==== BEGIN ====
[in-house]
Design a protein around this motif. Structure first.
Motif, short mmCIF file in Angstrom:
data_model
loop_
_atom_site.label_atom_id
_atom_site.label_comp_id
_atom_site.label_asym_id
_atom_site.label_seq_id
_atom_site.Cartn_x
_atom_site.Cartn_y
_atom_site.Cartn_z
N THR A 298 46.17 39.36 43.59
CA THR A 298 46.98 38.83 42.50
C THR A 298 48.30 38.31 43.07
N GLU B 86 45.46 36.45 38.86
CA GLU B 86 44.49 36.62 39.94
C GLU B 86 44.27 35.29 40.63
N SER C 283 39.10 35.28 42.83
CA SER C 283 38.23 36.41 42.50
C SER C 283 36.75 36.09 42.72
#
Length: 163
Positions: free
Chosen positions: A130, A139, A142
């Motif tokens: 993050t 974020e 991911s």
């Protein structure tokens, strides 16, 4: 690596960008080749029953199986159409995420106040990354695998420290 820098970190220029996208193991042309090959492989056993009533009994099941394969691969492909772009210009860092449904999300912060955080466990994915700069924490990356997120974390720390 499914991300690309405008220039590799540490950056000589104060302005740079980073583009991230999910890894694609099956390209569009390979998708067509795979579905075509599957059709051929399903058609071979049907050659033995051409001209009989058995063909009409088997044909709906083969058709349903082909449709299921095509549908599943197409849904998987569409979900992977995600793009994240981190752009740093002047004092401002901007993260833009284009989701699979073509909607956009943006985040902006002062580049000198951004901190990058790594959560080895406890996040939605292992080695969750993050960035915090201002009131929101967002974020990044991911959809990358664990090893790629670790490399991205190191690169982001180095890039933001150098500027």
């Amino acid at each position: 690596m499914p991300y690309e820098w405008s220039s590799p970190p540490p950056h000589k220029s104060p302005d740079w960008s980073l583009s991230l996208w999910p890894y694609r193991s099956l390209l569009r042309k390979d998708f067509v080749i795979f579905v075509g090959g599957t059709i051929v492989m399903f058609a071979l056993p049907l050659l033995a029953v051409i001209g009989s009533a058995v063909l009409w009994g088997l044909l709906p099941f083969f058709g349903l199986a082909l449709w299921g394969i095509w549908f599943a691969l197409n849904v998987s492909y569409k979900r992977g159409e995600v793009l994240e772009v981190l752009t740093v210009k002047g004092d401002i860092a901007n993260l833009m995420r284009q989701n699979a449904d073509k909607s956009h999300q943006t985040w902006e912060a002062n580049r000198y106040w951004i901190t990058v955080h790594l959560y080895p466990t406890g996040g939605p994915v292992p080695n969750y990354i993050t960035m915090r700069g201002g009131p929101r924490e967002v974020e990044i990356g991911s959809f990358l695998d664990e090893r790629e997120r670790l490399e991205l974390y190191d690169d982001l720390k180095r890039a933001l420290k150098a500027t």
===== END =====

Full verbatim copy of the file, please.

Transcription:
[in-house]
Design a protein around this motif. Structure first.
Motif, short mmCIF file in Angstrom:
data_model
loop_
_atom_site.label_atom_id
_atom_site.label_comp_id
_atom_site.label_asym_id
_atom_site.label_seq_id
_atom_site.Cartn_x
_atom_site.Cartn_y
_atom_site.Cartn_z
N THR A 298 46.17 39.36 43.59
CA THR A 298 46.98 38.83 42.50
C THR A 298 48.30 38.31 43.07
N GLU B 86 45.46 36.45 38.86
CA GLU B 86 44.49 36.62 39.94
C GLU B 86 44.27 35.29 40.63
N SER C 283 39.10 35.28 42.83
CA SER C 283 38.23 36.41 42.50
C SER C 283 36.75 36.09 42.72
#
Length: 163
Positions: free
Chosen positions: A130, A139, A142
């Motif tokens: 993050t 974020e 991911s």
């Protein structure tokens, strides 16, 4: 690596960008080749029953199986159409995420106040990354695998420290 820098970190220029996208193991042309090959492989056993009533009994099941394969691969492909772009210009860092449904999300912060955080466990994915700069924490990356997120974390720390 499914991300690309405008220039590799540490950056000589104060302005740079980073583009991230999910890894694609099956390209569009390979998708067509795979579905075509599957059709051929399903058609071979049907050659033995051409001209009989058995063909009409088997044909709906083969058709349903082909449709299921095509549908599943197409849904998987569409979900992977995600793009994240981190752009740093002047004092401002901007993260833009284009989701699979073509909607956009943006985040902006002062580049000198951004901190990058790594959560080895406890996040939605292992080695969750993050960035915090201002009131929101967002974020990044991911959809990358664990090893790629670790490399991205190191690169982001180095890039933001150098500027």
């Amino acid at each position: 690596m499914p991300y690309e820098w405008s220039s590799p970190p540490p950056h000589k220029s104060p302005d740079w960008s980073l583009s991230l996208w999910p890894y694609r193991s099956l390209l569009r042309k390979d998708f067509v080749i795979f579905v075509g090959g599957t059709i051929v492989m399903f058609a071979l056993p049907l050659l033995a029953v051409i001209g009989s009533a058995v063909l009409w009994g088997l044909l709906p099941f083969f058709g349903l199986a082909l449709w299921g394969i095509w549908f599943a691969l197409n849904v998987s492909y569409k979900r992977g159409e995600v793009l994240e772009v981190l752009t740093v210009k002047g004092d401002i860092a901007n993260l833009m995420r284009q989701n699979a449904d073509k909607s956009h999300q943006t985040w902006e912060a002062n580049r000198y106040w951004i901190t990058v955080h790594l959560y080895p466990t406890g996040g939605p994915v292992p080695n969750y990354i993050t960035m915090r700069g201002g009131p929101r924490e967002v974020e990044i990356g991911s959809f990358l695998d664990e090893r790629e997120r670790l490399e991205l974390y190191d690169d982001l720390k180095r890039a933001l420290k150098a500027t």